Garry Kasparov started the first day of blitz in St. Louis with the King’s Gambit, but romance was soon dead. He went on to score one win and three losses, with any lingering dreams of fighting for the top places gone. The man of the day was another Russian, Sergey Karjakin, who showed us all why he’s the World Blitz Champion with a phenomenal 8/9, but he had one problem – Levon Aronian started 4 points ahead of him and scored a brilliant 6.5/9. He ended the day having doubled his lead over 2nd-placed Hikaru Nakamura to two points.
It’s impossible to follow five blitz games played simultaneously, but you can play through all 45 games from Day 1 of the blitz in St. Louis at your leisure using the selector below. Click on a result to open the game with computer analysis or hover over a player’s name to see all his results and pairings:
You can, of course, relive the action with the 4.5-hour show from St. Louis, where Jennifer Shahade, Yasser Seirawan, Maurice Ashley and Cristian Chirila were our guides:
Rather than trying to take the day one round at a time let’s award some prizes for some of the highlights!
Sergey finished on a minus score in the rapid segment of the St. Louis Rapid and Blitz, but he was transformed in blitz:
He conceded only two draws and did leader Levon Aronian a big favour by scoring a point against all his rivals, including inflicting the only defeat on Hikaru Nakamura. Sergey rode his luck at times, as you'll see, but more often than not he made things look easy. If called to play sharply he could, though, ending one of the most entertaining games of the day in crushing style against Fabiano Caruana:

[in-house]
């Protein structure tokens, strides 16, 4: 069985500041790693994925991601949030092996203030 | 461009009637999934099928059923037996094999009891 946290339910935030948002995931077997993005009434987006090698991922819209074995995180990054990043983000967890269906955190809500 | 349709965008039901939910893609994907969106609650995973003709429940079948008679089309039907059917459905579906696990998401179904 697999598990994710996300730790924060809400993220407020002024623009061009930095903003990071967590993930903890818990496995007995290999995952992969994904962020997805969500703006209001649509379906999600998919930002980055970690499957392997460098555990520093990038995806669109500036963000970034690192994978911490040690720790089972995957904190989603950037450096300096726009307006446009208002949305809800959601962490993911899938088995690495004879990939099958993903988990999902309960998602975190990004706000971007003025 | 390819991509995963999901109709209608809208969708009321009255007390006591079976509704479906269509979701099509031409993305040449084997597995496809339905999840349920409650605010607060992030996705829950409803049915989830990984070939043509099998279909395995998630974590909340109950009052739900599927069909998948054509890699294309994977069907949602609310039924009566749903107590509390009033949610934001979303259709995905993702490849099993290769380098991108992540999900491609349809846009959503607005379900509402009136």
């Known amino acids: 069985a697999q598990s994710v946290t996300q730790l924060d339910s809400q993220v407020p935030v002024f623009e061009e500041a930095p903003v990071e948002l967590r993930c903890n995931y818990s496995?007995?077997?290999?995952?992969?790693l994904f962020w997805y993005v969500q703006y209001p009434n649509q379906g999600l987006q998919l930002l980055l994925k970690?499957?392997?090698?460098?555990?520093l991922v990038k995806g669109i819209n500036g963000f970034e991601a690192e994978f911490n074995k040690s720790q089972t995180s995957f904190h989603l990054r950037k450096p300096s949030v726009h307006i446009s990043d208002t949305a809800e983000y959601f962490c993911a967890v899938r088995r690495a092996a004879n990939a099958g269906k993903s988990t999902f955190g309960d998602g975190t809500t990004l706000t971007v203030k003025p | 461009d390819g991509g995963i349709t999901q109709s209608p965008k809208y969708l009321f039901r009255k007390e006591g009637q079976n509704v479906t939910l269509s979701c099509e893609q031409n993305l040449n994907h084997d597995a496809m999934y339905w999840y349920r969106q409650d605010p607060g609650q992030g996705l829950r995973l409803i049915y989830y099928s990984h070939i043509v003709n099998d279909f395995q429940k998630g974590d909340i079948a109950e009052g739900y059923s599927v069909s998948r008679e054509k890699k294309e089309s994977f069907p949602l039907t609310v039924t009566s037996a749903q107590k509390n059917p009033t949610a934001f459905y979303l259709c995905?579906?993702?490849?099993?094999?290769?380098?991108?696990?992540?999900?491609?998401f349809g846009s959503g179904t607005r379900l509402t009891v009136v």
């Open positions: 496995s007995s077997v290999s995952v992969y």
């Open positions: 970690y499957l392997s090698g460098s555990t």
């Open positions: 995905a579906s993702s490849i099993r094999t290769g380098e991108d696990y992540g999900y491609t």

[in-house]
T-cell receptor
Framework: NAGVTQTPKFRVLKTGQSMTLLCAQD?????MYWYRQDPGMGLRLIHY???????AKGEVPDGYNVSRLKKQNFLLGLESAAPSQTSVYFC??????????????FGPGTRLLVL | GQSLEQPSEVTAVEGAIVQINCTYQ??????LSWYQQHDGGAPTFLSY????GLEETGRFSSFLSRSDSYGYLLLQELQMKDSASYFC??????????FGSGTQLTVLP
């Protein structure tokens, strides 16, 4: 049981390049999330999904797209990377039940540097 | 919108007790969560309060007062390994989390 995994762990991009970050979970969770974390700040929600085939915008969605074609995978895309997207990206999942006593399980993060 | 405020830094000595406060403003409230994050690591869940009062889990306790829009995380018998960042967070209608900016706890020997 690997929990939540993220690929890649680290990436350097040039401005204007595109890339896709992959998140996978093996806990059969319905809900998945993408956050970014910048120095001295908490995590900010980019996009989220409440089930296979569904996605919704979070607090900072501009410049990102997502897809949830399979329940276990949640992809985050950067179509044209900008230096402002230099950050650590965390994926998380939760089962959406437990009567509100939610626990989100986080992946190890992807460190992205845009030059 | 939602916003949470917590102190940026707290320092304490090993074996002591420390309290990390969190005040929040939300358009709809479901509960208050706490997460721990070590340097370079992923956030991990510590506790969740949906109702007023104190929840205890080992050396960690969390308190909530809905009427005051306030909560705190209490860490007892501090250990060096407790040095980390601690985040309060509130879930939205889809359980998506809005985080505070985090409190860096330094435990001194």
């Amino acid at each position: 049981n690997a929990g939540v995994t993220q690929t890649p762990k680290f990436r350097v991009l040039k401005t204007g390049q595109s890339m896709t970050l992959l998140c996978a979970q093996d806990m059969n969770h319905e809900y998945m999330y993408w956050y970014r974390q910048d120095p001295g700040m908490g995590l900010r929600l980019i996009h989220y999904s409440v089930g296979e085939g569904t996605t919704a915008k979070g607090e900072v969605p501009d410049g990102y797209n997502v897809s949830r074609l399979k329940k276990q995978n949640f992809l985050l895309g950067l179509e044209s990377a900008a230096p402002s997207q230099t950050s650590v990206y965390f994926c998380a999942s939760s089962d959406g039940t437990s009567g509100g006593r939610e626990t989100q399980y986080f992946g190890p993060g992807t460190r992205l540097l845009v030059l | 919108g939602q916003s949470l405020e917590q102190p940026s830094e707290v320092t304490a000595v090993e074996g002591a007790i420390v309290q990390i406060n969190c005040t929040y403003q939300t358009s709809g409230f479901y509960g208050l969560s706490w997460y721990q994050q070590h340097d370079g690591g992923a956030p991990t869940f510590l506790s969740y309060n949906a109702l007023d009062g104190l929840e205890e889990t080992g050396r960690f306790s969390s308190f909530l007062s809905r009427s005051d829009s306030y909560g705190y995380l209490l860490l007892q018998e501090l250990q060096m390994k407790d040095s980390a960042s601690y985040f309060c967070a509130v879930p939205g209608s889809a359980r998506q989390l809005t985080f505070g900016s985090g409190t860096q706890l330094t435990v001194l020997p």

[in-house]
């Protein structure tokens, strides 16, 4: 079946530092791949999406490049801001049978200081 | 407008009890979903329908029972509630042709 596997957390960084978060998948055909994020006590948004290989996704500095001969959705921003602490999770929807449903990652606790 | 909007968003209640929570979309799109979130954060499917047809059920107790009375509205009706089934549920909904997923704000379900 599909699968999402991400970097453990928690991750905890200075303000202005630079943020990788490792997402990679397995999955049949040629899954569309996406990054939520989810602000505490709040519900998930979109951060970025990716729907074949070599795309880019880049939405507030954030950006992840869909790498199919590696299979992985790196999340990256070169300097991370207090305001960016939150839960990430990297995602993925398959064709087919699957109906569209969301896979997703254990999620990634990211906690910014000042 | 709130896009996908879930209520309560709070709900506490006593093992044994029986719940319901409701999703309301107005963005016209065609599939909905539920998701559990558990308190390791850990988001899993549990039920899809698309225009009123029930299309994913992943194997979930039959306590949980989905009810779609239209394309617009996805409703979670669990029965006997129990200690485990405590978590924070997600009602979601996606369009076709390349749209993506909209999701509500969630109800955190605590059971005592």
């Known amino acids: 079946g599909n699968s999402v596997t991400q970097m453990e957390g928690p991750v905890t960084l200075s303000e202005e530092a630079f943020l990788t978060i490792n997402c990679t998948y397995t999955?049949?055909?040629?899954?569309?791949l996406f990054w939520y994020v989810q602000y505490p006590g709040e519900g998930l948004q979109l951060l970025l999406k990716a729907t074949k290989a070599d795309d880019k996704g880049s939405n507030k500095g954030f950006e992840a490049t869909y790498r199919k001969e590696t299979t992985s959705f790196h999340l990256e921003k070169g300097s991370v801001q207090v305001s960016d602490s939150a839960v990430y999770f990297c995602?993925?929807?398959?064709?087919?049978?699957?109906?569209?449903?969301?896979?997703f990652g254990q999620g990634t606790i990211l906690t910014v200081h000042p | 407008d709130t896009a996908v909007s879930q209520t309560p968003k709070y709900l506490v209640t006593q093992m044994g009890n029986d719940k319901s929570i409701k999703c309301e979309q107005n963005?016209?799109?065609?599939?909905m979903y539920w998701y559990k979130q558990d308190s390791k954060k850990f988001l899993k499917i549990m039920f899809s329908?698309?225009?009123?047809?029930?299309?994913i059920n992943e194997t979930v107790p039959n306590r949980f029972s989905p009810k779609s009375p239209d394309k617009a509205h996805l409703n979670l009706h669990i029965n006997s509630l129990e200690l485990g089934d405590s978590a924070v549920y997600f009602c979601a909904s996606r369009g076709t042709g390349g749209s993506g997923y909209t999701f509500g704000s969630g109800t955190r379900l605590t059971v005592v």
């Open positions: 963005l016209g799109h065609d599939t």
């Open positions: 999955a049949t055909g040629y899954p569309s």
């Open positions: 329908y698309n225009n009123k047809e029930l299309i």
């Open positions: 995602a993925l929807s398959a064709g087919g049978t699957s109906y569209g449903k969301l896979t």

It was far from an only move, but 25…Rxf3! was a cute finish, with 26.Kxf3 running into 26…Ne5+. Caruana played 26.Raf1 and resigned after 26…Ref8. It wasn’t Fabi’s day, as despite scoring three wins he suffered no less than 5 defeats.
Karjakin commented, “It is a great day, almost a perfect result for me”, though he had one regret:
I was actually very angry that I didn’t win my first game against Garry!
Which brings us to…
You couldn’t ask for much more as a chess fan. Not only were we witnessing Garry Kasparov playing his first rated blitz games since his retirement, but in the very first round he unleashed the most famous of all chess openings, the King’s Gambit – 1.e4 e5 2.f4!? The way to refute a gambit is to accept it, and Sergey Karjakin did his part by playing 2…exf4, until after 3.Nc3 Qh4+ 4.Ke2 we’d reached a wild position:
Here, though, Sergey got to demonstrate the pragmatism of modern chess players. Rather than going for any sharp lines that his opponent would have checked before the game, he decided to retreat his one active piece with the novelty (on move 4, of a famous opening!) 4…Qd8?!. Black was completely solid and it was up to Garry to justify what his king was doing on e2 with all the pieces remaining on the board.
We soon saw that Kasparov hadn’t come to the blitz ready to play on instinct and was instead again burning up time on his clock. He went on to blunder (it seems) a central pawn and would have been dead lost if not for the fact that Sergey had also burnt up too much time dealing with the surprise opening. That came to a head after 43.Qxg3:
White is suddenly threatening discovered checks, but Sergey needn’t have panicked. 43…Qc6+! simply prepares to capture the knight on g6 next move. If White blocks the check with 44.d5 then Black can take that pawn and give checks until the queen is on the a1-h8 diagonal - again, the knight can then safely be taken. Instead Sergey went for 43…Qd2+? If he’d been playing on increments rather than the delay he could have built up some time and started looking for a tricky win, but as it was he found nothing better than to keep checking until a draw was reached on move 60.
Garry Kasparov went on to draw his next game against Ian
Nepomniachtchi with Black, before Fabiano Caruana cunningly avoided the King’s
Gambit by playing the French Defence in Round 3 of the blitz! Garry pushed his